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David Grossman  [ Israel ]

Biography

David Grossman Portrait
© Hartwig Klappert

Guest 2007.

Bibliography

Ein spätes Duell
Carlsen 
Hamburg, 1990 
[Ü: Mirjam Pressler]

Der gelbe Wind
Droemer Knaur
München, 1990
[Ü: Jürgen Benz]

Joram wünscht sich was
Carlsen 
Hamburg, 1990 
[Ü: Mirjam Pressler]

Momik, das bin auch ich
Hanser 
München, 1990
[Ü: Mirjam Pressler]

The book of intimate grammar
Farrar, Straus, Giroux
New York, 1994
[Ü: Betsy Rosenberg]

Der Kindheitserfinder
dtv
München, 1996
[Ü: Judith Brüll]

Sei du mir das Messer 
Hanser 
München, 1999
[Ü: Vera Loos und Naomi Nir-Bleimling]

Eine offene Rechnung
Hanser 
München, 2000
[Ü: Mirjam Pressler]

Death as way of life
Farrar, Straus and Giroux
New York, 2003
[Ü: Haim Watzman]

Diesen Krieg kann keiner gewinnen
Hanser
München, Wien, 2003
[Ü: Ruth Achlama et al.]

Stichwort: Liebe
Fischer
Frankfurt/Main, 2004
[Ü: Judith Brüll]

Das Gedächtnis der Haut
Hanser
München, Wien, 2004
[Ü: Vera Loos, Naomi Nir-Bleimling]

Das Lächeln des Lammes
Fischer
Frankfurt/Main, 2005
[Ü: Judith Brüll]

Zickzackkind
dtv
München, 2005
[Ü: Vera Loos, Naomi Nir-Bleimling]

Wohin du mich führst
dtv
München, 2005
[Ü: Vera Loos, Naomi Nir-Bleimling]

Löwenhonig
Berlin Verlag
Berlin, 2006
[Ü: Vera Loos, Naomi Nir-Bleimling]

Übersetzer: Jürgen Benz, Judith Brüll, Vera Loos, Naomi Nir-Bleimling, Mirjam Pressler, Betsy Rosenberg, Haim Watzman

David Grossman was born in Jerusalem in 1954. He began making youth broadcasts for Radio Israel at the age of ten, and continued to work for the organisation until 1989 as a news editor, author of radio plays and announcer. Following his military service Grossman studied Philosophy and theatre at the Hebrew University. His first stories already focused on two themes which were to persist throughout his work: coming of age and the war and violence which mark everyday life in Israel. Since then Grossman has published a large number of novels, short stories, plays for radio and theatre (some for children), non-fiction books and newspaper articles. He is a leading Israeli writer of his generation and an omnipresent advocate for an Israeli-Palestinian agreement.
Grossman's first novel, »Hiyukh Ha-Gedi« (1983; Eng. »The Smile of the Lamb«, 1991), made into a film two years later, focuses on the occupation of the West Bank while his collection of reportages, »Ha-Zeman Ha-Tzahov« (1987; Eng. »The Yellow Wind«, 1988) documents individual cases in the Israeli-Palestinian conflict. Since the Oslo Peace Agreement in 1993 Grossman has published numerous articles in American and European journals, a selection of which was published entitled »Mavet Kederech Chaim« (2003; Eng. »Death as a Way of Life«, 2003). That same year the Geneva Initiative – an action group which he co-founded – made its model for lasting peace public. Shortly after the death of his son Uri who was a soldier in the 2006 Israel-Lebanon Conflict, Grossman – in the presence of Prime Minister Olmert – made an appeal to turn away from the current politics of violence and mistrust.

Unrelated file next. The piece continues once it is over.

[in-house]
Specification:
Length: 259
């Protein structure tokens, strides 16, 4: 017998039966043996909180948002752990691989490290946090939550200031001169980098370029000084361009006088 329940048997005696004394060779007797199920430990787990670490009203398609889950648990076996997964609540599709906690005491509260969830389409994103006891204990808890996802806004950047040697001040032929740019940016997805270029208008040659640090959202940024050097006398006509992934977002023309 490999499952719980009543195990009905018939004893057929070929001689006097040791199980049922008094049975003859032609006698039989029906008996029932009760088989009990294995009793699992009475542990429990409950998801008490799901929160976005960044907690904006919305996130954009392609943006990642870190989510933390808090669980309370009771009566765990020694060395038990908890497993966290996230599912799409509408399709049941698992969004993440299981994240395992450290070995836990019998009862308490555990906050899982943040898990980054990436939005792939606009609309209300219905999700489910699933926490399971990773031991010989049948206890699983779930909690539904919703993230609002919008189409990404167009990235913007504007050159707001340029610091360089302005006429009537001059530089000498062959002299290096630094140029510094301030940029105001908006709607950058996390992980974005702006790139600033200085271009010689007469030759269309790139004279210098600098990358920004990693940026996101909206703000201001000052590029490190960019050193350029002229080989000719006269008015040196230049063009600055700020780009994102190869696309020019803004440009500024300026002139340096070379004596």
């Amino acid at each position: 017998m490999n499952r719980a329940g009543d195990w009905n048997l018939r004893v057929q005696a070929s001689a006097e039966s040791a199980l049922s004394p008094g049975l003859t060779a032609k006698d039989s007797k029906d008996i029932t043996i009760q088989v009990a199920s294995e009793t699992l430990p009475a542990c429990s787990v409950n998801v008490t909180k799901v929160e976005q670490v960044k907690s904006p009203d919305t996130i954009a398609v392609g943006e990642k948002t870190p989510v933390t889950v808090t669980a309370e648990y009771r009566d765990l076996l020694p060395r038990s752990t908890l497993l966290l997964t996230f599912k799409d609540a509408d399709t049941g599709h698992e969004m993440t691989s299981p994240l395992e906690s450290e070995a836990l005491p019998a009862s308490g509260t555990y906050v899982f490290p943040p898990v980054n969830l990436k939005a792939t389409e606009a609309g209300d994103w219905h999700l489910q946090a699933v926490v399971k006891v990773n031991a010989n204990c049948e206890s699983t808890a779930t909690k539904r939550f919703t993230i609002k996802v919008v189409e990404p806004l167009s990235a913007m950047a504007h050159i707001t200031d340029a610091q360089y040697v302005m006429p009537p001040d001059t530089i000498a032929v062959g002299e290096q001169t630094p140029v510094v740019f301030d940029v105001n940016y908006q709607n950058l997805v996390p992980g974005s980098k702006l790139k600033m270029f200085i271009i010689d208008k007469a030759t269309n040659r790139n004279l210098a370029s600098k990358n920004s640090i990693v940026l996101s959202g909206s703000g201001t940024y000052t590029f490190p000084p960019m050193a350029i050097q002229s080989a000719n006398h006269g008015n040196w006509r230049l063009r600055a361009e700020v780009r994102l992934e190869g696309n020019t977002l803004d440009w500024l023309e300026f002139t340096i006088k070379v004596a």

As the author stated in a talk at the Jerusalem Book Fair, literature makes a crucial contribution to overcoming the conflict: »Writing in such a violent reality is a constant attempt to redeem individuality, to reclaim the uniqueness of the individual, in a situation that blurs the uniqueness and the nuance. When we write here we manage to experience the almost forgotten flexibility of a change of perspective; of looking at reality from somebody else's eyes, sometimes even the eyes of our enemy.« His craft, to touchingly portray the fate of individuals and to fuse different planes of reality, is often apparent in Grossman’s novels, in which the boundaries between literature for young people and adults are blurred. In »Ajien Erech: Ahavah« (1986; Eng. »See under: Love«, 1990) the voices of four narrators revolve around a child's search to come to terms with the Holocaust which has marked his life, even though he himself did not experience it. »Yesh Yeladim Zigzag« (1994; Eng. »The ZigZag Kid«, 1997) tells the story of a young man in search of his family's secret, in which process he also finds himself. Most recently he published »Dvash Araiot« (2005; Eng. »Lion's Honey«, 2006) a new interpretation of the myth of Samson which highlights not the legendary strength of the figure but rather his weakness.
Grossman has been awarded numerous literary prizes for his work, such as the Valumbrosa Prize, the Premio Grinzane, the Nelly Sachs Prize, the Premio Mondelo, the Vittorio de Sica Prize, the Marsh Award for Children's Literature in Translation, the Juliet Club Prize, the Buxtehuder Bulle, the Manés Sperber Prize and the Sapir Prize. For his political commitment he has received the Har Zion Prize. In 1998 he was named a Chevalier de l'Ordre des Arts et des Lettres. He lives in a suburb of Jerusalem.

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